Craig Wescoe (Geist Aggro) vs. Conley Woods (Tempered Steel)
One of the key moments of Conley Woods' run through Worlds was his seventh round matchup with then also-undefeated Craig Wescoe. That win helped catapult him to a 6-0 Day Two and a 13-0 start.
It was a pretty key moment for Wescoe as well. The long-time pro sneaked in as one of only two players among 11 with 39 points. Not only was the loss one of the few he received on the weekend, but having Wood up his tiebreakers was likely important for him sneaking in as the eighth seed.
During one of the breaks, Woods revealed he needed to make the semifinals to reach level 6 for next year.
"It's been a rough year," he said.
Though, so far, it has been anything but a rough tournament for Woods, who won every match he actually played in, conceding to two of his teammates without playing.
Woods started on a mulligan to five, but his five was about as spicy as it could get. By the end of turn-two he was already on the board with Vault Skirge, Signal Pest, Inkmoth Nexuas and a Glint Hawk off a Mox Opal. He then emptied his hand the following turn with an Etched Champion.
Woods started attacking with his two fliers as Wescoe was building his board with a Leonin Relic-Warder, removing Signal Pest, a Mirran Crusader followed by Hero of Bladehold ready to crash in for roughly a million damage when boosted by Wescoe's follow-up Honor of the Pure.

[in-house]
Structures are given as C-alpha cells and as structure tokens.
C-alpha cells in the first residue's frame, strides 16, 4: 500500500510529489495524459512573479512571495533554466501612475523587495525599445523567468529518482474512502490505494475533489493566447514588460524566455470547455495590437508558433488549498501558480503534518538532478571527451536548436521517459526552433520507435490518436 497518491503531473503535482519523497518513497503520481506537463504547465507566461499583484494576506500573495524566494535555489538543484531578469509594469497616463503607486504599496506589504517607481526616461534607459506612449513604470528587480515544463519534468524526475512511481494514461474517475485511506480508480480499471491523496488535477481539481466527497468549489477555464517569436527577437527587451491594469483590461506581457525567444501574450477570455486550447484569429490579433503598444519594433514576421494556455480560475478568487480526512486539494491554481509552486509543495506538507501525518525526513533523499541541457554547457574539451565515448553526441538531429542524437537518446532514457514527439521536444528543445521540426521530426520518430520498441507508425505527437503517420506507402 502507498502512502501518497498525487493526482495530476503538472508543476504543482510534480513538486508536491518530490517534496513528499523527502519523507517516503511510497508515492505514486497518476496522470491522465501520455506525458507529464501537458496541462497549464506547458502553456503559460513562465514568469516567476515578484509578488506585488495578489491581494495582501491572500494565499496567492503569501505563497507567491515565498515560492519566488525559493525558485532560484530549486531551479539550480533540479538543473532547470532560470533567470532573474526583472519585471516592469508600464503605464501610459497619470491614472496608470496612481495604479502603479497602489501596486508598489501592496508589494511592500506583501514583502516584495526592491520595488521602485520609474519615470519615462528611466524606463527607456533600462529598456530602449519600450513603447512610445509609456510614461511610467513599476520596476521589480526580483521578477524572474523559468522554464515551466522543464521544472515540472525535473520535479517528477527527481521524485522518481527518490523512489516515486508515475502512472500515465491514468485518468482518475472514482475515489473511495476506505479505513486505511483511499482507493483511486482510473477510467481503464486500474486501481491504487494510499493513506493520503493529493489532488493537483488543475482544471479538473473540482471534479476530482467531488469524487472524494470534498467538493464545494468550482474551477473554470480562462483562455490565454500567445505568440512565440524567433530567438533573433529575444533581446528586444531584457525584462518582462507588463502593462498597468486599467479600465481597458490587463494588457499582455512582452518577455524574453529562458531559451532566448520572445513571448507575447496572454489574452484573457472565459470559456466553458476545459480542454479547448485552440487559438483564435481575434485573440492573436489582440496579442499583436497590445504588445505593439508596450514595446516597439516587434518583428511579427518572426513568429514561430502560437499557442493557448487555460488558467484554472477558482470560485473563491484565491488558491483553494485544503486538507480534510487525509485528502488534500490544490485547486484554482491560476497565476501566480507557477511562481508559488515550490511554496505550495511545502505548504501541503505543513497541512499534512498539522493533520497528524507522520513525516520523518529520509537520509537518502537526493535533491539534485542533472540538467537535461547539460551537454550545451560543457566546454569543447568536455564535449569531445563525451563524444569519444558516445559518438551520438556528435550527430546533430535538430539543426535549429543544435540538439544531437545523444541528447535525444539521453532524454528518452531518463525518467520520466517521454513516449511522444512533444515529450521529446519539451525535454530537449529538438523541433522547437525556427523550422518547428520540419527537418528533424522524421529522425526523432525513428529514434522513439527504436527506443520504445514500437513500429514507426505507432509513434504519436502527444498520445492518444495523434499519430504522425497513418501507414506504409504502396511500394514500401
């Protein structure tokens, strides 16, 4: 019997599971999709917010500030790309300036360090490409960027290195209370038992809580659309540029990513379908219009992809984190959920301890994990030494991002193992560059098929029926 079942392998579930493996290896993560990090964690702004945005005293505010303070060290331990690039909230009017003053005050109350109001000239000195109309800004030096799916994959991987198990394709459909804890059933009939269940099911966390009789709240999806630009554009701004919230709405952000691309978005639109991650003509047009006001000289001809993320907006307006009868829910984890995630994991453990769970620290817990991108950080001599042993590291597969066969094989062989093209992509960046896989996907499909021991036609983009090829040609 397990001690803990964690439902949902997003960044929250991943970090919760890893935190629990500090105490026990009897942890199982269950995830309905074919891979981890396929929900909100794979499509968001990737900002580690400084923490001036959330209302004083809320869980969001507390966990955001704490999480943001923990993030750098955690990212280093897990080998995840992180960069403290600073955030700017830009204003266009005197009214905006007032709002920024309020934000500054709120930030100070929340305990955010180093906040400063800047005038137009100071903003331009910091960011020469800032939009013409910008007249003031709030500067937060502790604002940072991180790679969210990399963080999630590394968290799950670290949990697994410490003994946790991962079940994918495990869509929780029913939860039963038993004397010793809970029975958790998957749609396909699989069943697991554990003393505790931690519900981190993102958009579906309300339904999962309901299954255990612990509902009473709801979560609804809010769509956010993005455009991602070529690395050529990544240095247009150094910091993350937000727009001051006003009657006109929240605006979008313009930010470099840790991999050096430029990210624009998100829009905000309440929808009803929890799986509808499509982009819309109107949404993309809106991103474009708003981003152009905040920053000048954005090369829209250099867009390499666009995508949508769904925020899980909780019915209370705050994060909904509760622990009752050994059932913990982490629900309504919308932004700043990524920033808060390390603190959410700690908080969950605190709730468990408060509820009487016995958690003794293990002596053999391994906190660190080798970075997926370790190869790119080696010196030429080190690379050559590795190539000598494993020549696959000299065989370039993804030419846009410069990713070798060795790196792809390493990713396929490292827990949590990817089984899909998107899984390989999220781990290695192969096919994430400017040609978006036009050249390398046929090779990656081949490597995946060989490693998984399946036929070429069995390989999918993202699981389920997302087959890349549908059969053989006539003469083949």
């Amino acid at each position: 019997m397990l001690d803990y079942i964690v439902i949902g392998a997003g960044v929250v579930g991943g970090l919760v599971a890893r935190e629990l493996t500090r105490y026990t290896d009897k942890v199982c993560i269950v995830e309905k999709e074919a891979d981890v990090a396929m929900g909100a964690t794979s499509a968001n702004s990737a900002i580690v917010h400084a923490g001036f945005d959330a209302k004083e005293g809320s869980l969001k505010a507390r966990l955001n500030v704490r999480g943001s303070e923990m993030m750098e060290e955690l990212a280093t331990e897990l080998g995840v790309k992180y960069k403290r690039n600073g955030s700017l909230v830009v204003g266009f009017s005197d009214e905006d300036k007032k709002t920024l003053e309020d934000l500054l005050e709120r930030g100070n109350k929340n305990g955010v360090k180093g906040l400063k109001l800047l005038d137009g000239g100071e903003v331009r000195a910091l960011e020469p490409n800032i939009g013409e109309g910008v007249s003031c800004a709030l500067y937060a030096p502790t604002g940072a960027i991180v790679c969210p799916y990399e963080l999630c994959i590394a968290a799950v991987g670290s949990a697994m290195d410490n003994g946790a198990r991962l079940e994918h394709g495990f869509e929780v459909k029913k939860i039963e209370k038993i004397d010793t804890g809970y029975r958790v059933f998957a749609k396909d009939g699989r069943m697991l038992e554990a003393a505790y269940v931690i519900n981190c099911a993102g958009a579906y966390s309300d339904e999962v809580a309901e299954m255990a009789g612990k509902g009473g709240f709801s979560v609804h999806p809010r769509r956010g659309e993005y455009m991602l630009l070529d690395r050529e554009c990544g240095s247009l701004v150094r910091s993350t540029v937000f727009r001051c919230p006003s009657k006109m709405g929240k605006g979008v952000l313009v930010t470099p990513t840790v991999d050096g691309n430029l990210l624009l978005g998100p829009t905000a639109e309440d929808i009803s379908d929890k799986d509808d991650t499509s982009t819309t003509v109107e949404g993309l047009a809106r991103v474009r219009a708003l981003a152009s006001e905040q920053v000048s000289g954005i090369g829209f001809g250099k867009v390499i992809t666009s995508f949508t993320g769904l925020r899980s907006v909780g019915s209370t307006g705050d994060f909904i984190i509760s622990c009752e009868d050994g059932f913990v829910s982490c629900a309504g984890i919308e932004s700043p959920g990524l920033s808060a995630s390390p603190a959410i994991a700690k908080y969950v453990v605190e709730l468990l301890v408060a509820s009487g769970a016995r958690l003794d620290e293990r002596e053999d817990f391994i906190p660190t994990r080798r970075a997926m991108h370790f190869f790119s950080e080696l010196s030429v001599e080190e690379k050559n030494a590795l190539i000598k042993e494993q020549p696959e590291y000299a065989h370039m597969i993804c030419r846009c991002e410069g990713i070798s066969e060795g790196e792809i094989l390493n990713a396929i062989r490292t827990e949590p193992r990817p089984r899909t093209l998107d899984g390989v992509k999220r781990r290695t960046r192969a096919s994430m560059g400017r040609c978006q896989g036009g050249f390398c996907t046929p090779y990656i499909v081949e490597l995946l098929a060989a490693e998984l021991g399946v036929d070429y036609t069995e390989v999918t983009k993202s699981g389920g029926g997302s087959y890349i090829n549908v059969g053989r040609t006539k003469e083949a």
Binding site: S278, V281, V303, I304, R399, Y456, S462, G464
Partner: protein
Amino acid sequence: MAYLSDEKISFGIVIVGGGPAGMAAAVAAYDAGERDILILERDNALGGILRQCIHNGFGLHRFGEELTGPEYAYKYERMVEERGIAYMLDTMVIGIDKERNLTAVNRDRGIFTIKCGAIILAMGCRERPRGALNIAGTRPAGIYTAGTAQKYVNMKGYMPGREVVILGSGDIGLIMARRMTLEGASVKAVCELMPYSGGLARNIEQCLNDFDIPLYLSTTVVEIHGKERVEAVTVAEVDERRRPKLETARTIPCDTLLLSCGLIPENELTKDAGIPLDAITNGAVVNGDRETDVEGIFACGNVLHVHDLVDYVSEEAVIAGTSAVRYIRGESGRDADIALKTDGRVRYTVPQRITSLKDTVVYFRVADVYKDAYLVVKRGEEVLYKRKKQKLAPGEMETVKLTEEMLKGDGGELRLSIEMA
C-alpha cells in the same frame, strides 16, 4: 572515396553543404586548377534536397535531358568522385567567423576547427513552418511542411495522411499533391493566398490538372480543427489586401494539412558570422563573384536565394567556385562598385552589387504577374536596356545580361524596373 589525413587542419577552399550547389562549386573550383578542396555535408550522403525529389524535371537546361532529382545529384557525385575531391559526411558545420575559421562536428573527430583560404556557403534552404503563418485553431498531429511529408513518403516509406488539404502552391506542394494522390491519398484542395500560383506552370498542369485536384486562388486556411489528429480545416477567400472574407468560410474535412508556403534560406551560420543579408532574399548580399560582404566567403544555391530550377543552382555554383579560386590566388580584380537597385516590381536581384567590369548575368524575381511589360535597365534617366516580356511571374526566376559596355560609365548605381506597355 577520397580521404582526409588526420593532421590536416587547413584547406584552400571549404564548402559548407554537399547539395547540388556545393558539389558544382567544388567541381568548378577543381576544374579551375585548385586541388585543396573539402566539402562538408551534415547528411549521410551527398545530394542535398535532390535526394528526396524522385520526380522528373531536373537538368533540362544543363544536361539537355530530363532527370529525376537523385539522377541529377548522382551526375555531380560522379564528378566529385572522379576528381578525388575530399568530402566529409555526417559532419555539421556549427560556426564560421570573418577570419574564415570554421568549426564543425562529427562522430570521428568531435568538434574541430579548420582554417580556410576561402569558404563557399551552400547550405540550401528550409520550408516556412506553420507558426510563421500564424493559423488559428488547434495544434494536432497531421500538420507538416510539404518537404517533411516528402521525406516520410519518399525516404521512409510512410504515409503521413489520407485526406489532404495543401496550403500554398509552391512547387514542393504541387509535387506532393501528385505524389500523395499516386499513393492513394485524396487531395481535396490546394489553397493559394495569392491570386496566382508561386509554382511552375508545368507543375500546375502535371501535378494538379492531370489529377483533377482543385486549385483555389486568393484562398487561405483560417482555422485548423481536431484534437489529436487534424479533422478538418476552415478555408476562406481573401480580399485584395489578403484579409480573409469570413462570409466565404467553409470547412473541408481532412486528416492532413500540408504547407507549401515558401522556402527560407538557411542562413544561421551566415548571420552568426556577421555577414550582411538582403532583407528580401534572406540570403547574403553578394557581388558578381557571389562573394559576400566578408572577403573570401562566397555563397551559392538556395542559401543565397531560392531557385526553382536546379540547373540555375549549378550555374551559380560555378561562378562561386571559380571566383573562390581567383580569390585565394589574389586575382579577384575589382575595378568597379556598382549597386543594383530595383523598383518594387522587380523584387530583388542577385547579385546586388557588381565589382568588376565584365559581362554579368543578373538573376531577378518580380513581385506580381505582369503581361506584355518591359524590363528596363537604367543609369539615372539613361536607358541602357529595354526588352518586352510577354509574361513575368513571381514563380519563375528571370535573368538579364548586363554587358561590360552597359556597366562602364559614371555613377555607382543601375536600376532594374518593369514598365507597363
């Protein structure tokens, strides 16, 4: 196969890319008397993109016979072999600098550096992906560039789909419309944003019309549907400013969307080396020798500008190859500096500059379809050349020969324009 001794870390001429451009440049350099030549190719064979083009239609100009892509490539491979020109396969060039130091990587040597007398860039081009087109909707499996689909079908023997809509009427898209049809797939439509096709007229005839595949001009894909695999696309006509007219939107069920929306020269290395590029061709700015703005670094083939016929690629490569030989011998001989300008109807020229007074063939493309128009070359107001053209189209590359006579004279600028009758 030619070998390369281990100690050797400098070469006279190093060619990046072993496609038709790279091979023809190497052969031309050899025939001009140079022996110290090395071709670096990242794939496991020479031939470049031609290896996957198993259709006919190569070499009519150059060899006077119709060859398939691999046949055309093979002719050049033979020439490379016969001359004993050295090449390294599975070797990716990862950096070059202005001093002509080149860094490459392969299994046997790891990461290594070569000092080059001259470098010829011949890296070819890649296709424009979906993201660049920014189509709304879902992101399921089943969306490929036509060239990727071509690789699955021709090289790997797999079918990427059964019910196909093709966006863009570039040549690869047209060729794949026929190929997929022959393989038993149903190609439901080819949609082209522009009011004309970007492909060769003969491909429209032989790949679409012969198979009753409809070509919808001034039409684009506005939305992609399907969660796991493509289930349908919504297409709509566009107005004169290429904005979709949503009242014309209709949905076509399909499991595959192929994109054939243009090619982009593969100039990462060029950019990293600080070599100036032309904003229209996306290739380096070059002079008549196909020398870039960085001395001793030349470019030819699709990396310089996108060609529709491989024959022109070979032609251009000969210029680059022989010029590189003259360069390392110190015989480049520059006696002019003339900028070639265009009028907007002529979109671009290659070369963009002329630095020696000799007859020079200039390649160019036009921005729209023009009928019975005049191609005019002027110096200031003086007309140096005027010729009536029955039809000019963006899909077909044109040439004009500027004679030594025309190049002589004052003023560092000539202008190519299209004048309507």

And attack he did. If unblocked, he was clocking in at a whopping 19 damage. And with his fliers squarely on attacking duty, Woods had only Etched Champion, a Myr token and Inkmoth Nexus for blockers.
When the dust finally settled from Wescoe's massive attack, Woods was down a Nexus and life totals were squared at 10 apiece.
But Woods, still short on resources, expertly managed his blockers.
Wescoe chose to attack with everything except the Relic Warder for fear of unleashing the Signal Pest. Woods used Inkmoth Nexus to chump block the Mirran Crusader and his Etched Champion to kill a Soldier Token. Once again the life totals are equal at 7.